Are college athletes being "undervalued" by the market?

tomcollins's picture
January 11, 2011 at 11:41a
6 Comments

 

There's a big argument that these kids are being underpaid or undervalued by the market, and should get paid.  If that were the case, a minor league professional system would surely be able to be formed by the market.  But the thing is, people don't want to see random kids competing.  They want to see them competing for THEIR teams.  College athletics makes a ton of money not because of the talent they have, but because of the teams themselves.  I wonder if they really would make any more than that in a competitive free market.  Minor league baseball players rarely make much, and those that do are the prospects that are tied to professional teams who are basically being locked away and trained.  But the real value being brought to the table is from the universities themselves.  If Terrele Pryor played for the Chilicothe Cowboys, I wouldn't give a damn about his games or what his team did.  It's only because silver helmet that causes me to follow him.  I follow college football for the tradition, the rivalries, and the familiarity.  The talent on the field has little to do with it.

Comments

Nick's picture

Agree that the program creates the hype around the players (mostly) BUT  they are still undervalued at the same time. I believe these guys should get

  • Free Tuition (already there)
  • Free books (already there)
  • Free meals (kinda there, not so much if off campus)
  • Free housing (they should build/make players stay in a football housing facility not only will this ensure they don't have to pay rent but there is more peer presssure to do the right things and more supervision)
  • Monthly Stipend ~1000$/month (These guys can't get a job they should get some spending money to go on dates, pay for a cell phone, go out with the guys, buy the new dvd/video game etc)
tomcollins's picture

That could work at the big time programs, but it would cripple the smaller ones.  Perhaps allow them to get "up to".  The small guys will be pissed they won't be able to compete to win, though.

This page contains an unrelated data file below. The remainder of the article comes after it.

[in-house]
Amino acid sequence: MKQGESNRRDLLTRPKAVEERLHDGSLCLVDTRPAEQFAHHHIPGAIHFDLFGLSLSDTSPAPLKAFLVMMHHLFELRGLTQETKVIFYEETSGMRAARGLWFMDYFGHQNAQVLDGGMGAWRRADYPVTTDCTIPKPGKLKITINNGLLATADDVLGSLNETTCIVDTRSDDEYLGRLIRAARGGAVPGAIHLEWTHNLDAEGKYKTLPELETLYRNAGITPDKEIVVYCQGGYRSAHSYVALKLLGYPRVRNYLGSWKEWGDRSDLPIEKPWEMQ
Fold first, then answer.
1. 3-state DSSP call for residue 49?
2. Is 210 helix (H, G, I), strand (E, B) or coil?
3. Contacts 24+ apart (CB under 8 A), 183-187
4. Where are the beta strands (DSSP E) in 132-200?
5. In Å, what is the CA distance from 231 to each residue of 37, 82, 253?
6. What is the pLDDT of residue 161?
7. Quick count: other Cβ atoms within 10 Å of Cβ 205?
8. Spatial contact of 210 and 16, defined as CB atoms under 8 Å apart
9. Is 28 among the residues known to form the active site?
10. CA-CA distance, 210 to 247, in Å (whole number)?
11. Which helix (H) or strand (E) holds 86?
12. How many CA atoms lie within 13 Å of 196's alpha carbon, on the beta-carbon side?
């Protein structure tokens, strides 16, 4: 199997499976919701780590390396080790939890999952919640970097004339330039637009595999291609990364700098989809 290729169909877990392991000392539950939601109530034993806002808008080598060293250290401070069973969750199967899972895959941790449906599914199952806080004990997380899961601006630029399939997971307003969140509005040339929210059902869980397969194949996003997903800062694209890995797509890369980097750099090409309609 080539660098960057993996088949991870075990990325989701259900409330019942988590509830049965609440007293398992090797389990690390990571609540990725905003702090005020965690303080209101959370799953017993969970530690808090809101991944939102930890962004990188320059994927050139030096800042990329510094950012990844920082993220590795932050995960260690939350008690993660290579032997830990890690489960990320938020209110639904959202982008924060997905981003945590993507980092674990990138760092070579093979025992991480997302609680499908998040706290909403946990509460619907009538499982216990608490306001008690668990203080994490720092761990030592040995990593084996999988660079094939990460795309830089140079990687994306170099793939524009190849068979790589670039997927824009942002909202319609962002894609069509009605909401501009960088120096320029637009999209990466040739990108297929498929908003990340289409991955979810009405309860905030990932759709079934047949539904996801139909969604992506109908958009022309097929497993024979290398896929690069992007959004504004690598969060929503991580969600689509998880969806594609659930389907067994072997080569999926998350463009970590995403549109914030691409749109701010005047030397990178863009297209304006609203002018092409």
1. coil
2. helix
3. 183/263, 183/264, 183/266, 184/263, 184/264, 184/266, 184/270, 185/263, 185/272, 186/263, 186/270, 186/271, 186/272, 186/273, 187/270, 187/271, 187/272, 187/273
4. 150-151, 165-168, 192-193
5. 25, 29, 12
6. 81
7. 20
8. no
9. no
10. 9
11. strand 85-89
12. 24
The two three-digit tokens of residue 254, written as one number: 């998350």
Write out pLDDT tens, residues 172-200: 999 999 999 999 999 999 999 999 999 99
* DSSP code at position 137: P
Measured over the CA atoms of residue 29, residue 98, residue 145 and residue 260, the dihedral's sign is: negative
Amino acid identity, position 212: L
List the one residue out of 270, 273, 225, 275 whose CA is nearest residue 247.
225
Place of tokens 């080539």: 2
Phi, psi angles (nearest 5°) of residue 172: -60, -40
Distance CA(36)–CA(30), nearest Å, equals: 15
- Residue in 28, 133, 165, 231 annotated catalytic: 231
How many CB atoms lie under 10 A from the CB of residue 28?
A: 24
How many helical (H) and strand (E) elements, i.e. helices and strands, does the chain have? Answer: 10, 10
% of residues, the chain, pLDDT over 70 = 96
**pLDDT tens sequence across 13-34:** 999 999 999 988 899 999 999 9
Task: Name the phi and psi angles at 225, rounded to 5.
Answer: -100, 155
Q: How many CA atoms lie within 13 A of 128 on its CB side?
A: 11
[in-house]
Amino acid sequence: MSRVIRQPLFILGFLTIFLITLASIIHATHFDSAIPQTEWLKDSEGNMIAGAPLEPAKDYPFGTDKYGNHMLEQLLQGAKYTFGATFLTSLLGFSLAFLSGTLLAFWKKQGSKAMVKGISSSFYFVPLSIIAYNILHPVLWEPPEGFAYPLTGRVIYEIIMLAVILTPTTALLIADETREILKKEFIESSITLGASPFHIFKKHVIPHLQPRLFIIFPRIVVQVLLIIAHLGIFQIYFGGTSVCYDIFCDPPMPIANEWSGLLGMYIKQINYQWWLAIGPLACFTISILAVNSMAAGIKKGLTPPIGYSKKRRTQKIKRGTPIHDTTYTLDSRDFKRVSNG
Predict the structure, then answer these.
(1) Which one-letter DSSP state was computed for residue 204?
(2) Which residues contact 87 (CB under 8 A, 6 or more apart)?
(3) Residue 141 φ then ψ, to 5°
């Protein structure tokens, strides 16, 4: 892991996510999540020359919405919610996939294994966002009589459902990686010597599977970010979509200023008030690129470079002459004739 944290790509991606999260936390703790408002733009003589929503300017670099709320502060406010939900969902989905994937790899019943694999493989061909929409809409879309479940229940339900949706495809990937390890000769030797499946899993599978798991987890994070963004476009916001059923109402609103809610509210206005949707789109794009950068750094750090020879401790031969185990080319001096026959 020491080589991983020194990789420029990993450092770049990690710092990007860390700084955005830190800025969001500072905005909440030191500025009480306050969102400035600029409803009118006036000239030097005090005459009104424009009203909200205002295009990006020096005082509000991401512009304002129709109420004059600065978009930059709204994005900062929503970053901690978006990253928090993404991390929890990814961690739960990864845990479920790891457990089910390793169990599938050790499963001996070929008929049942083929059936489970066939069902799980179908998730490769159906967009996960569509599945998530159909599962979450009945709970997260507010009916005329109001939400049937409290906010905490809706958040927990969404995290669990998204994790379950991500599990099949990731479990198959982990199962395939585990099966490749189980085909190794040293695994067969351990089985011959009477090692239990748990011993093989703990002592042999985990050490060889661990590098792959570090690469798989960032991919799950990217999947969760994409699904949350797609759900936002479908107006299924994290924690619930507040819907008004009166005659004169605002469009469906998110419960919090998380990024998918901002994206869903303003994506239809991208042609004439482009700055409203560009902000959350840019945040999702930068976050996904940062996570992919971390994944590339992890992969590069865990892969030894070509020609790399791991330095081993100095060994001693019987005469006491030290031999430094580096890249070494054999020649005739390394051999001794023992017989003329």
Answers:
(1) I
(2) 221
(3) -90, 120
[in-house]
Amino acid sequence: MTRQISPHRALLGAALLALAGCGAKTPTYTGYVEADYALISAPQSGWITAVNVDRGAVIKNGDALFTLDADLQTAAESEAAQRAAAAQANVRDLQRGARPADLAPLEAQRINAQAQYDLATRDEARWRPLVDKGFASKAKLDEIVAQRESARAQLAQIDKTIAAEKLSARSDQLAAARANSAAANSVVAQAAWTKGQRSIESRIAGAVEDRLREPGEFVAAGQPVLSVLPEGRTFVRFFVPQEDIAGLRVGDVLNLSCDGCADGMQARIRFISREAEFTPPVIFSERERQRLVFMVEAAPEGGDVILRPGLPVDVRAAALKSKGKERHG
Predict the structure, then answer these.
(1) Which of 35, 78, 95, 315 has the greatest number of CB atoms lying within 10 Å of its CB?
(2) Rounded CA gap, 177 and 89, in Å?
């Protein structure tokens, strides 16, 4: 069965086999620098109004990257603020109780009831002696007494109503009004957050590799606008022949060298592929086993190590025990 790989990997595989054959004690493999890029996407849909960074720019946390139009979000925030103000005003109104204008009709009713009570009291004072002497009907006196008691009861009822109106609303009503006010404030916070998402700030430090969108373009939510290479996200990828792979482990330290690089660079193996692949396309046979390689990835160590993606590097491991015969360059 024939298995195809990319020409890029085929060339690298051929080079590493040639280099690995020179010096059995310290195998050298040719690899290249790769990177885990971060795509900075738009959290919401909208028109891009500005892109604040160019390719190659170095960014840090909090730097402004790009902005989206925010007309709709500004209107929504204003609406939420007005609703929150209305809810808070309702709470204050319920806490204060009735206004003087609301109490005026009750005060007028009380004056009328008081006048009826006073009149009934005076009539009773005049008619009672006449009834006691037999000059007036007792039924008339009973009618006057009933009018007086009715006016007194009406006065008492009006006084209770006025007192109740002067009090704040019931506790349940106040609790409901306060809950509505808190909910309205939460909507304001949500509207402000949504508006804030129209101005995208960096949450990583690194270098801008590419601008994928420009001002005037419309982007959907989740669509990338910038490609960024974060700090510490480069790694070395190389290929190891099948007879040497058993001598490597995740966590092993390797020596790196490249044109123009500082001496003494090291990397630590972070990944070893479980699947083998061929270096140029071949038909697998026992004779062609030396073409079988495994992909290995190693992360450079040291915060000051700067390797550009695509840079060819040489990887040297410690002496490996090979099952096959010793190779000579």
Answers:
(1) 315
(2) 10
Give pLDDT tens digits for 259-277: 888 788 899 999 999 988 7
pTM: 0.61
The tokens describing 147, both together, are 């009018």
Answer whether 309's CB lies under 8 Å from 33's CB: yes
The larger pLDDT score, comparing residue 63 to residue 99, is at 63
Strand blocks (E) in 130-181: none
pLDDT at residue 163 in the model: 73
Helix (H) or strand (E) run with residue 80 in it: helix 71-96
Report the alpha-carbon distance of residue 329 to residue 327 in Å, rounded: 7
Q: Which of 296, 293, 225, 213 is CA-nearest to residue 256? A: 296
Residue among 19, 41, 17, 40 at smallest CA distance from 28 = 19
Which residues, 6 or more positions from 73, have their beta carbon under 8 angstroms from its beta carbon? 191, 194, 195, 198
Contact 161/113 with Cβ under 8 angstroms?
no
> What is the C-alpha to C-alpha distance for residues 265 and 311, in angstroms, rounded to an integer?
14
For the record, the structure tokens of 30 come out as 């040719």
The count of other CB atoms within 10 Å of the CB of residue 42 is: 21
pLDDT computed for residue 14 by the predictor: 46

Nick's picture

Someone should sue the Federal government and get rid of title9 sports it would help a lot of schools

tomcollins's picture

Yeah, that adds a ton of the hidden costs.

Bucksfan's picture

Interesting, but I completely disagree.  Ohio State's brand is entirely built upon the success that their elite talent has accomplished starting with Chic Harley and continuing through the ages until today.  It is the dedication of the school, its alumni, its city, and the people of its state to winning football games that has made Ohio State what it is.  It doesn't tolerate a loser.

The talent on the field has everything to do with it.  To say otherwise is, quite frankly, moronic.  If Ohio State started fielding ex-high school 3rd stringers because all the great players are in the NFL farm system, their popularity would disappear.  Great players sustain Ohio State's football team.

tomcollins's picture

But Ohio State's talent level is far, far below the talent level of the Browns or the Bengals, but that doesn't stop their popularity.  I know I'm not watching the best football out there.  Sometimes that's even more entertaining.  Women's tennis is more entertaining than men's.  College basketball is more entertaining than the NBA (at least to me).

You are right that the talent level needs to be at the level of the top competition it faces.  But it doesn't need to be the absolute top talent.  Just decent talent.  I'm not sure that many athletes could command a price much greater than the scholarships they are given (a decent number would, just like baseball prospects).

College baseball, while not terribly popular in the north, is quite popular in southern schools.  They compete directly against minor leagues for talent and they do just fine.  The northern schools suffer do to the weather and the calendar working against them.  There is still tons of talent in colleges and the games are entertaining.  I would expect to see the same thing with football.

Now if you go to the extreme of showing awful talent, I suppose.  But high school football is very popular with a very low talent level on average.